As Flames fans eagerly await Matthew Tkachuk‘s contract to be signed, one question rarely asked is how good of a player Tkachuk actually is. Is he one of the league’s up and coming elite players or has he been boosted by playing alongside Mikael Backlund for much of his young career?
Backlund is without a doubt one of the best two-way centres in the game. Often tasked with the hardest defensive zone starts, he has been effective in shutting down some of the top lines in the league. In spite of this, he consistently has a positive Corsi-for percentage and drives play in the offensive zone. Looking at the numbers, he has carried a variety of linemates time and time again, making them look much stronger than they are with other players.
A look at Tkachuk’s on-ice impact
Through no fault of his own, Tkachuk has been stapled to Backlund’s wing for the majority of his career. Having played over 2400 minutes with Backlund and only 453 minutes away from him since the 2016-17 season, the question remains: who is driving play on that line?
Natural Stat Trick has a tool that isolates a player’s statistics to determine whether they are bringing a teammate up, or if their teammate makes them look better than they may be. It’s a rough evaluation and needs to be taken with a grain of salt because of the impact context plays in a team sport like hockey, but it is a starting point in the evaluation of players relative to each other.
Looking at Tkachuk’s numbers , when he plays with Backlund, their Corsi for together is 57.5% at 5v5. However, when Tkachuk is away from Backlund, it drops to 53.2%, and when Backlund is not playing with Tkachuk, Backlund’s Corsi drops below the 50% mark at 47.8%. It would appear that Backlund may actually be receiving a bump from playing with Tkachuk rather than the other way around. Aside from Tkachuk, Backlund’s most common linemates were Michael Frolik, Sam Bennett, and Troy Brouwer.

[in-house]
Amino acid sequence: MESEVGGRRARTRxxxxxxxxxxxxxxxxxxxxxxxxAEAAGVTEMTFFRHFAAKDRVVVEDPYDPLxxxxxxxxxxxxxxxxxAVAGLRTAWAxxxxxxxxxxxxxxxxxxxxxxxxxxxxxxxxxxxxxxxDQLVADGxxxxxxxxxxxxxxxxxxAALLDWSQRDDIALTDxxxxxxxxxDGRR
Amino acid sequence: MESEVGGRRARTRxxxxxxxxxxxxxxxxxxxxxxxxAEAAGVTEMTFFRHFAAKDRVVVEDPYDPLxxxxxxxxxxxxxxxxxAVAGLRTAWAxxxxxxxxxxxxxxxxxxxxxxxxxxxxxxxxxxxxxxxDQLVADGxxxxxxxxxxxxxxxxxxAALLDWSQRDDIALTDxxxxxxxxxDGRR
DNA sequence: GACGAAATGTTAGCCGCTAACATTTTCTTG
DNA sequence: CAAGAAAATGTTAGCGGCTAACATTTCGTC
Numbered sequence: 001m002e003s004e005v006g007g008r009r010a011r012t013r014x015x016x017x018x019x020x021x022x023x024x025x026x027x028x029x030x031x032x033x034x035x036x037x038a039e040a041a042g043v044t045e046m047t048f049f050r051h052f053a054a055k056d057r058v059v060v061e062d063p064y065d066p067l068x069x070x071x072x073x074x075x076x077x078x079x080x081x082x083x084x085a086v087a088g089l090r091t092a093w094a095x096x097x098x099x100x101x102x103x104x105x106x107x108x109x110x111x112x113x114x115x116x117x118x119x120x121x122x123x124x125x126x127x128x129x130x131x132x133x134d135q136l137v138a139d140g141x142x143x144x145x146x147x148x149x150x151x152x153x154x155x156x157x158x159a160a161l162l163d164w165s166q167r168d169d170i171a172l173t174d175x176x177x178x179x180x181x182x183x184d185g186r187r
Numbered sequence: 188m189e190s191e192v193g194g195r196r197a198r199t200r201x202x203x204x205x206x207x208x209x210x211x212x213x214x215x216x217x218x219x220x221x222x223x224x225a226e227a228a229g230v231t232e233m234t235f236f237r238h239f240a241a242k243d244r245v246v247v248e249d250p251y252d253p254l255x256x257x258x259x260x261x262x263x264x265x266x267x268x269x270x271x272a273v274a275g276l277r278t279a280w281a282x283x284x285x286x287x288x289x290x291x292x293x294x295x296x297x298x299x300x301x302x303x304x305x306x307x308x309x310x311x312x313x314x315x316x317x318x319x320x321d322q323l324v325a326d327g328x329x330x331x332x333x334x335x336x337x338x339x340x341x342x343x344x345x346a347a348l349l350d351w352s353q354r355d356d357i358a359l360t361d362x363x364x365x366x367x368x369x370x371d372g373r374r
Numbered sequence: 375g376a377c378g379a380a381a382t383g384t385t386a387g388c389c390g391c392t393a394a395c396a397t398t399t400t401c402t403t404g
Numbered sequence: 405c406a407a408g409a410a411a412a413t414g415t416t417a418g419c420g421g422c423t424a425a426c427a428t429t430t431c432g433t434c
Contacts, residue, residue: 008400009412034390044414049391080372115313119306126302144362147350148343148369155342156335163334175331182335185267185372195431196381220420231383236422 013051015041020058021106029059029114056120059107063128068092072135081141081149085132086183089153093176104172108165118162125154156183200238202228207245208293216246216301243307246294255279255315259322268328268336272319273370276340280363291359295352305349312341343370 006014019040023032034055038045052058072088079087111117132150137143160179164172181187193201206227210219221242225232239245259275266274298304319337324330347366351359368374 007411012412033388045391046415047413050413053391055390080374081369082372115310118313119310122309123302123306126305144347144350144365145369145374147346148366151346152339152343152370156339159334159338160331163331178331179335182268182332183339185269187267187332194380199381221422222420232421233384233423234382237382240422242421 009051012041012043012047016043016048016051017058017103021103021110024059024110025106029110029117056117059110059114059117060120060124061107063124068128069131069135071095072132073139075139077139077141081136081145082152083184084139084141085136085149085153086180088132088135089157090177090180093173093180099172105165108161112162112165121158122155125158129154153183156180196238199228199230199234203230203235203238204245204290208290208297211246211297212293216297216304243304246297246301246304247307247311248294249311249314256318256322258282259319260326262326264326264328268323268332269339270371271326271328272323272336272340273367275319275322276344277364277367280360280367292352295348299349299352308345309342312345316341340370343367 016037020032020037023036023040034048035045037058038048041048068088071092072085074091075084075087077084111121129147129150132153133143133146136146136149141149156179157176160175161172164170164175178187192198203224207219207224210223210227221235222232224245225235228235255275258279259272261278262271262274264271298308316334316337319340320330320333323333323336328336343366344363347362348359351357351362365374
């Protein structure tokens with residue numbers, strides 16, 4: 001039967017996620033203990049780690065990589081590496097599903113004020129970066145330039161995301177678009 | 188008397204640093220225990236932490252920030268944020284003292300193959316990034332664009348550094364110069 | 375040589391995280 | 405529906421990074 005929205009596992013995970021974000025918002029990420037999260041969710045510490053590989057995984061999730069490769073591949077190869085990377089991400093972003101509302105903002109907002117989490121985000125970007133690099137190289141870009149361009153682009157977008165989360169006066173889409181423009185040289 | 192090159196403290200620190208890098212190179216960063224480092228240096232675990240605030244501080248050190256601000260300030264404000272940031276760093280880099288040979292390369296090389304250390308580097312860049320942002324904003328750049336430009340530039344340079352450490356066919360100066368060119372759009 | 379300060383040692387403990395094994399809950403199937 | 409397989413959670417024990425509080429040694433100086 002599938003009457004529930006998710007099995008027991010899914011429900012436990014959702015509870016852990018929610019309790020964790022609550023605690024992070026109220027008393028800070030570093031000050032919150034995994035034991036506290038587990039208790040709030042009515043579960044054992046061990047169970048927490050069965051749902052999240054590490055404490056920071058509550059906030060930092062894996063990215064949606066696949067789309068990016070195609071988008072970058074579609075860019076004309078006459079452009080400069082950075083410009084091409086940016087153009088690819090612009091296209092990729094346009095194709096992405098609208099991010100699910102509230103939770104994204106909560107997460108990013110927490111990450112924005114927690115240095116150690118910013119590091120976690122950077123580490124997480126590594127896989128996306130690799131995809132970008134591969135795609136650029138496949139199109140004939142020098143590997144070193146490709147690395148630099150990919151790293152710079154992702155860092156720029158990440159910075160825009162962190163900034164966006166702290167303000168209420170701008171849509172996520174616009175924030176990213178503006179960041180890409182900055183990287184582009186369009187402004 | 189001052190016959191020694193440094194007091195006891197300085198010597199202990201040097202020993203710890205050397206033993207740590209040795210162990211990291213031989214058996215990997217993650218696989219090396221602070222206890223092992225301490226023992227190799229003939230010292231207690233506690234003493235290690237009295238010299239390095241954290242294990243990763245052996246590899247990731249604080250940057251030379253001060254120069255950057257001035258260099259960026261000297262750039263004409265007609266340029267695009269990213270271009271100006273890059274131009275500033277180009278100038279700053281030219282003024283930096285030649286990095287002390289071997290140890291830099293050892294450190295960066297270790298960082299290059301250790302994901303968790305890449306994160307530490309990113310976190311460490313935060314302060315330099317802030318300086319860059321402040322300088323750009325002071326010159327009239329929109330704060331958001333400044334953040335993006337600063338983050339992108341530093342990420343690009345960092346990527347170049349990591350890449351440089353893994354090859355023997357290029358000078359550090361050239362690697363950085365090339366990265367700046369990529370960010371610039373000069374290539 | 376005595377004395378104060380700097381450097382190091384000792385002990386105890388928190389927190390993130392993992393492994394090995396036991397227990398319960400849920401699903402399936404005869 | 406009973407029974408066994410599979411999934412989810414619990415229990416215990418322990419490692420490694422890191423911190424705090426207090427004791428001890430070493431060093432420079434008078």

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Backlund may be seeing a drop from playing with less good players, however he has notably been good at bringing less good players up. Looking at his numbers, aside from Frolik and Tkachuk, no other Flames forward has looked better without Backlund than with him. It may be that Backlund is just better than most of the other players that he has played with but not Tkachuk, but it looks like Tkachuk is the driver on the line with Backlund.
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Tkachuk’s other most common linemate was Michael Frolik, with them and Backlund forming the famed 3M line. At 5v5, Tkachuk and Frolik had a Corsi for of 58.4%. However, when he was away from Tkachuk, Frolik dropped substantially to 52.2% in the 673 minutes away from his mouthguard chewing companion.
Looking at Frolik’s most common linemates outside of Tkachuk, it is a similar story to Backlund. He was effective with all three other players, even Johnny Gaudreau who is arguably the Flames strongest forward.
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While Frolik and Backlund may take a bit of a hit when away from Tkachuk because of less good linemates, Tkachuk has a similar story. Apart from his two other M’s, Tkachuk’s most common linemates have been Bennett, Sean Monahan, and Brouwer; a bit of a mixed bag. What is interesting is that Tkachuk’s presence on all three of their lines makes them better. There is not a single forward Tkachuk has played more than five minutes with that looks better without him than with him.
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So, what’s the hold up?
If the Flames know how good Tkachuk is and Tkachuk’s camp knows how good he is, why has he not been signed yet?
For his whole NHL career, Tkachuk has been a second line winger. He has played over 2000 more minutes with Backlund than any other centre while being tasked with heavy defensive starts. Having been touted for his offensive abilities when he was drafted, the Flames are unsure of what his true offensive ceiling is. Is he a strong two-way winger with offensive upside or is he a bonafide top line NHL winger?
If the Flames see Tkachuk as a second line shutdown guy going forward, it does not make sense for them to pay him more than their top line players. With TJ Brodie, Travis Hamonic, Cam Talbot, and others becoming unrestricted free agents, and Andrew Mangiapane, Rasmus Andersson, Oliver Kylington, and others becoming restricted free agents, the Flames need to be cautious about how they use their valuable cap space.